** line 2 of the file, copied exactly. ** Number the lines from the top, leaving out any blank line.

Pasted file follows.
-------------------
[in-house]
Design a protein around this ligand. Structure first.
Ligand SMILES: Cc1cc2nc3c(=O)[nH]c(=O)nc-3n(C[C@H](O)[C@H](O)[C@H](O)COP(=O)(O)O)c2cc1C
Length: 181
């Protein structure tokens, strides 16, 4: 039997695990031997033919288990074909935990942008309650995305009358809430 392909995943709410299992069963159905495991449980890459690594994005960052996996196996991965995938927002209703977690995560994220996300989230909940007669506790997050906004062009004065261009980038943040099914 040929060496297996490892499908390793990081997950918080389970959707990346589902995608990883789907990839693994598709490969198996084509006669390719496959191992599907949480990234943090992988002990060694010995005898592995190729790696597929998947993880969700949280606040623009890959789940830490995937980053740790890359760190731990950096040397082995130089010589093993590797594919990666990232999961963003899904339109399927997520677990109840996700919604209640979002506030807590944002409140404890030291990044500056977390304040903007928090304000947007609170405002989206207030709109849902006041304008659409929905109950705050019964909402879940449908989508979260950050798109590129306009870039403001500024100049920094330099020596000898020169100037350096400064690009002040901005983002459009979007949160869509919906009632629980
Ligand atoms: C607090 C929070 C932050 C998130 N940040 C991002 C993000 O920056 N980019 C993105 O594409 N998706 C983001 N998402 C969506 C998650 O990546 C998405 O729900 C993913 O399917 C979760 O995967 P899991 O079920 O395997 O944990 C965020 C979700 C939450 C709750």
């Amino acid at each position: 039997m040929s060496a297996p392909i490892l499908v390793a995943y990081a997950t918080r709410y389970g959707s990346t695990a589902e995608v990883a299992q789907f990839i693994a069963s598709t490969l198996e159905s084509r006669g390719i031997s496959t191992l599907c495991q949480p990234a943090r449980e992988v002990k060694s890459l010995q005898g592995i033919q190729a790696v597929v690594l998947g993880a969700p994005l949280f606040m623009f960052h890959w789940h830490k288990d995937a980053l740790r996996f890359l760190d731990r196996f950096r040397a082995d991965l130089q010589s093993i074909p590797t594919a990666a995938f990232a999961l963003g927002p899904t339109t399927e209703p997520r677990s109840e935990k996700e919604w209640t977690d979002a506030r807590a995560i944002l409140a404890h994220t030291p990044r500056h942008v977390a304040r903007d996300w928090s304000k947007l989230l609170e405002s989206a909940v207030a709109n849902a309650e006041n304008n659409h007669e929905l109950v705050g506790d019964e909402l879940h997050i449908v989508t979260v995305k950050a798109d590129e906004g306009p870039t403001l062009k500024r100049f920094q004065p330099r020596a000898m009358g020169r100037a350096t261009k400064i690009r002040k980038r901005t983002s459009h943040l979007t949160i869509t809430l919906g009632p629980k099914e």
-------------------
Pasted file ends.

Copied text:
Design a protein around this ligand. Structure first.